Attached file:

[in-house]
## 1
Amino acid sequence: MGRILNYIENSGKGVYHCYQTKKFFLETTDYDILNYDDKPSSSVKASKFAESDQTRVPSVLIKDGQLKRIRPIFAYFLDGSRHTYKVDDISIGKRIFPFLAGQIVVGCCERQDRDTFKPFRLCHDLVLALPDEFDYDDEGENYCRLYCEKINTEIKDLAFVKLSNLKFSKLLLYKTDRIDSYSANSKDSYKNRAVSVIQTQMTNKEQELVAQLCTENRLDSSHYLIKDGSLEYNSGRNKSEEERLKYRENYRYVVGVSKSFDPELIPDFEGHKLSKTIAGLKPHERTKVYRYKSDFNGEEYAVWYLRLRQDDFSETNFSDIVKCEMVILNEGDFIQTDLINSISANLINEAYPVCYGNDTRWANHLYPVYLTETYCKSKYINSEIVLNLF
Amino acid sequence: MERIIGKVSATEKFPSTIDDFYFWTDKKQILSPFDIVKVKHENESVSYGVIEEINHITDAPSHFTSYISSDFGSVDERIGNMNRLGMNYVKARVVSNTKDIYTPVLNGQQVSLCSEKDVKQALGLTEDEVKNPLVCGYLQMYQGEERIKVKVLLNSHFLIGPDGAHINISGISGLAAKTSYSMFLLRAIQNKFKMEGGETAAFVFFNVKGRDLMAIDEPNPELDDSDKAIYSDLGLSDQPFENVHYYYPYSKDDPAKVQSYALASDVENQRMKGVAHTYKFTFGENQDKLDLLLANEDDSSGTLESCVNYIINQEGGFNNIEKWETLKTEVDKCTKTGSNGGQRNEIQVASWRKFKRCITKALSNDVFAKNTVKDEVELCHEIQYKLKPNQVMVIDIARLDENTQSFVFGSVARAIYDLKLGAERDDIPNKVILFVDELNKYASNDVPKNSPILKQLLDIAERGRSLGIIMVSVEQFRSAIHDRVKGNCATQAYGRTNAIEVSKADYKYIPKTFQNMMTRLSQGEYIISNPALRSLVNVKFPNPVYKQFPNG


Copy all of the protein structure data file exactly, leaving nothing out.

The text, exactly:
[in-house]
## 1
Amino acid sequence: MGRILNYIENSGKGVYHCYQTKKFFLETTDYDILNYDDKPSSSVKASKFAESDQTRVPSVLIKDGQLKRIRPIFAYFLDGSRHTYKVDDISIGKRIFPFLAGQIVVGCCERQDRDTFKPFRLCHDLVLALPDEFDYDDEGENYCRLYCEKINTEIKDLAFVKLSNLKFSKLLLYKTDRIDSYSANSKDSYKNRAVSVIQTQMTNKEQELVAQLCTENRLDSSHYLIKDGSLEYNSGRNKSEEERLKYRENYRYVVGVSKSFDPELIPDFEGHKLSKTIAGLKPHERTKVYRYKSDFNGEEYAVWYLRLRQDDFSETNFSDIVKCEMVILNEGDFIQTDLINSISANLINEAYPVCYGNDTRWANHLYPVYLTETYCKSKYINSEIVLNLF
Amino acid sequence: MERIIGKVSATEKFPSTIDDFYFWTDKKQILSPFDIVKVKHENESVSYGVIEEINHITDAPSHFTSYISSDFGSVDERIGNMNRLGMNYVKARVVSNTKDIYTPVLNGQQVSLCSEKDVKQALGLTEDEVKNPLVCGYLQMYQGEERIKVKVLLNSHFLIGPDGAHINISGISGLAAKTSYSMFLLRAIQNKFKMEGGETAAFVFFNVKGRDLMAIDEPNPELDDSDKAIYSDLGLSDQPFENVHYYYPYSKDDPAKVQSYALASDVENQRMKGVAHTYKFTFGENQDKLDLLLANEDDSSGTLESCVNYIINQEGGFNNIEKWETLKTEVDKCTKTGSNGGQRNEIQVASWRKFKRCITKALSNDVFAKNTVKDEVELCHEIQYKLKPNQVMVIDIARLDENTQSFVFGSVARAIYDLKLGAERDDIPNKVILFVDELNKYASNDVPKNSPILKQLLDIAERGRSLGIIMVSVEQFRSAIHDRVKGNCATQAYGRTNAIEVSKADYKYIPKTFQNMMTRLSQGEYIISNPALRSLVNVKFPNPVYKQFPNG